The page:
If you're married, at one time, for the price of $25 or less (depending on when you were born), you purchased a little piece of white paper that said you were wedded to each other, at the very least, until "death do you part." And, if you'll admit it, you would most likely say that you really had nothing more than a vague idea of what you were committing to. With no manuals, no instruction book, when you said, in a state of trembling euphoria, "I do," you might as well as added, "I do? And just what is it that I'm obligating myself to?" because you really didn't know.
From then on, without as much training as it takes to get a driver's license, you took your "forever white paper" and went about setting up a household and going about being "married." But most of what happened to you after that occurred at what might be called an "unconscious level" - that is, unrecognized patterned ways of behaving settled in - some of them functional, others dysfunctional - that became part of an implicit - but unknown contract - dictating the way you related to each other. The patterns, then, in many ways began to "rule" the marriage.There were no summit meetings, no bill of rights, no explicit rules or contracts spelled out as to how you and your partner were going to "run" the marriage. Thus, many patterns were settled by "hook or by crook," with no knowledge on the part of either of you that some of the formed dysfunctional patterns were or could become so toxic that they could very well lead to the demise of your marriage.
Then, if you are like most couples, you may have assumed that the $25 piece of paper you obtained on your wedding day, and the marriage it "bought," would serve you as is the rest of your life - implicitly assured that the marriage would be "all right," not recognizing the marriage to be a living, evolving organism that would need fine-tuning, upgrades, additional parts and sometimes major overhauling to stay abreast of evolving needs as you both matured and grew and your needs changed.
To think about it differently, if you were operating a business on an "unconscious level" - not charting the course of the business, not investing in or paying attention to whether the business was still in running order, or pitching its product accurately to the market place, the business would surely fail. The same is true of marriage.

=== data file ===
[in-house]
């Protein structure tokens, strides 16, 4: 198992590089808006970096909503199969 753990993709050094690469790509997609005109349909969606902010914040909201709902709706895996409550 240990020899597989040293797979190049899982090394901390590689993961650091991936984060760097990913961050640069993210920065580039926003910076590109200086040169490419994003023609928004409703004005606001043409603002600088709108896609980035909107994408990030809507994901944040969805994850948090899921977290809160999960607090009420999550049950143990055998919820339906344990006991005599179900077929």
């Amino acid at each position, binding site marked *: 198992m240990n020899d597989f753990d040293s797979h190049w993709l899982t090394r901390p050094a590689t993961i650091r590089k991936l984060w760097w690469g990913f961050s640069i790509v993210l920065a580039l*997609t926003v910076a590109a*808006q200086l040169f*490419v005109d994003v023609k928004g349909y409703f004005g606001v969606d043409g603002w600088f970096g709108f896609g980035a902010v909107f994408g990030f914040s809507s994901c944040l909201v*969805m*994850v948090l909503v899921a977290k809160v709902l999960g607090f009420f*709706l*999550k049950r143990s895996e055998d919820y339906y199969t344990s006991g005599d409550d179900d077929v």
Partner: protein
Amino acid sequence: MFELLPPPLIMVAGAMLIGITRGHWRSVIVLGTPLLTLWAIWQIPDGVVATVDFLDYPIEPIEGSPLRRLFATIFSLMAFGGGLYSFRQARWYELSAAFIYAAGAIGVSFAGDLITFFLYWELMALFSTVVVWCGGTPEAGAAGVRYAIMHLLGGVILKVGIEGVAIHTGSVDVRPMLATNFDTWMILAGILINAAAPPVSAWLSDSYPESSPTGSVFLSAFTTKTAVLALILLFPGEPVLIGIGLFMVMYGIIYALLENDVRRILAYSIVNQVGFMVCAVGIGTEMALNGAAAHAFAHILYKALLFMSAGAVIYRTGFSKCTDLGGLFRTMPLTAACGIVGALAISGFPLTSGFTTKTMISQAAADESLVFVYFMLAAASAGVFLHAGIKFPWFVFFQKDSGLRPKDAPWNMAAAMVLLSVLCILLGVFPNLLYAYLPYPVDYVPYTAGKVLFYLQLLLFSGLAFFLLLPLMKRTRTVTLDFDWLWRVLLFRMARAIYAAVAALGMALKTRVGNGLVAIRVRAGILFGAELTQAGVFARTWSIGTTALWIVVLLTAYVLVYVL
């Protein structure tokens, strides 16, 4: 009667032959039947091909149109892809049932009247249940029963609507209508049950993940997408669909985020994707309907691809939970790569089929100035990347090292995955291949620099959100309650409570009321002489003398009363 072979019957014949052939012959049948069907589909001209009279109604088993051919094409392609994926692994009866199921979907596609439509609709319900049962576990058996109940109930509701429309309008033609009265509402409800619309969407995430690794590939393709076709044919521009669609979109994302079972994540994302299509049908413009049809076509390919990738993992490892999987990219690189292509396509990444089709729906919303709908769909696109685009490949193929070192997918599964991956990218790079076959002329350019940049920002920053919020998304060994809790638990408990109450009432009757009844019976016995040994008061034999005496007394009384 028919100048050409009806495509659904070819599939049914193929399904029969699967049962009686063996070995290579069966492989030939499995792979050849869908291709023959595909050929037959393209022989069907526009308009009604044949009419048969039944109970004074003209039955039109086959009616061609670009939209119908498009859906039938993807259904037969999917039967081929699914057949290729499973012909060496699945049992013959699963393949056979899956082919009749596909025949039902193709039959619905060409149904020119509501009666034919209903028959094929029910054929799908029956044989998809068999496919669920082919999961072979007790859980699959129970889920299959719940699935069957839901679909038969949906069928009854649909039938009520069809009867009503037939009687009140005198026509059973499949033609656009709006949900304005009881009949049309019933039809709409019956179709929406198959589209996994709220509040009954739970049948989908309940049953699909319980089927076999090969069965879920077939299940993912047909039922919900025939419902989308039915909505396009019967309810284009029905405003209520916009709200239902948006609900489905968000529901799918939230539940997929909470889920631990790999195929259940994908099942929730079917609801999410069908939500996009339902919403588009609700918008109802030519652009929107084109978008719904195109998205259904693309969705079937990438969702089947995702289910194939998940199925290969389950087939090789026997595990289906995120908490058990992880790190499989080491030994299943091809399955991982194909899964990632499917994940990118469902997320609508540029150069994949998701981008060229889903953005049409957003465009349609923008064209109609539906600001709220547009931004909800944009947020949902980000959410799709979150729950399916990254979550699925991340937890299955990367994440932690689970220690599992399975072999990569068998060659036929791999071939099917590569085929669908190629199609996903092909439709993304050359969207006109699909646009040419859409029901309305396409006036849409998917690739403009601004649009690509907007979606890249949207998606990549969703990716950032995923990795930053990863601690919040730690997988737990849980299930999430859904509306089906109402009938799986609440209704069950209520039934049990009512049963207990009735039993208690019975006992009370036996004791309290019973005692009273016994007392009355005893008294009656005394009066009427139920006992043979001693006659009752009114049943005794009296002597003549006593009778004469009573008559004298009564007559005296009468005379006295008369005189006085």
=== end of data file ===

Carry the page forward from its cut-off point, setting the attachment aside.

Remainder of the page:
The point of all this is that a marriage, like a business, needs to be responsive to its own market place - a condition that can only prevail if the two participants in the marriage bring the marriage to a "conscious" level, that is, begin to talk about what is happening in and to the marriage, assessing whether it is meeting the needs of those involved, and making investments of time and energy in the marriage. To do less in the '90s - a time of great stress that consistently pulls the energy and attention of partners in directions away from the marriage - is to invite a marriage to collapse under the weight of its own unresolved burdens.
So, how do you begin to put your marriage under a microscope? How do you bring it to a conscious level where you can begin talking about the way the marriage is constructed and whether it is fine-tuned to the needs of both partners or in need of adjustment or repair? Here are a few helps:
- Individually think of how your own behavior would change in a positive direction to meet the needs of the other partner if, every year, you conducted an annual review, with each of you going to his or her own separate island to review the marriage and then coming back together to decide whether to renew the marriage contract for another year. That's enough to bring any marriage to a conscious level.
- Take a periodic personal inventory of yourself as person and as a partner, perhaps using questions drawn from a book by Harry P. Dunne called "One Question That Can Save Your Marriage: What Is It Like To Be Married To Me?" For example, What's it like to talk with me? What's it like to bargain with me? What's it like having me as a sexual partner? Or companion? Then, take a deep breath and ask your partner questions such as the above. And, for a finale, finish with "What changes would you like to see me make that would make it easier for you to be in this marriage?" Gulp down the answers without becoming defensive.
- Keep a "Do Differently List." Write down the information you receive from your partner and put the list in a place you'll see it every day - in your underwear drawer, on the inside of your medicine cabinet or on the sun visor of your car, and choose particular items to focus on each week.
- Open up the communication channels. Most couples spend only a few minutes a week talking about themselves or the marriage. Decide, perhaps, to take walks and talk. Or be like one couple, the husband of whom reports that during the 17 years he and his wife have been married they have spent 800 hours talking. And how did this husband have any idea how much time he and his wife had spent? He explains: "Every Saturday morning for the 17 years of our marriage, we've gone out to breakfast, just the two of us together. When the children were small, that Saturday morning baby-sitter money had top priority. Even when we had company for the weekend, we still went out for our private breakfast."
- Consider doing spontaneous things every day you know your partner would appreciate, such as holding hands, giving a back rub, fixing dinner or leaving a love note under the pillow. Make your overall objective one of transforming your marriage into a partnership that's not only more "conscious," but also more supportive, fulfilling and fun.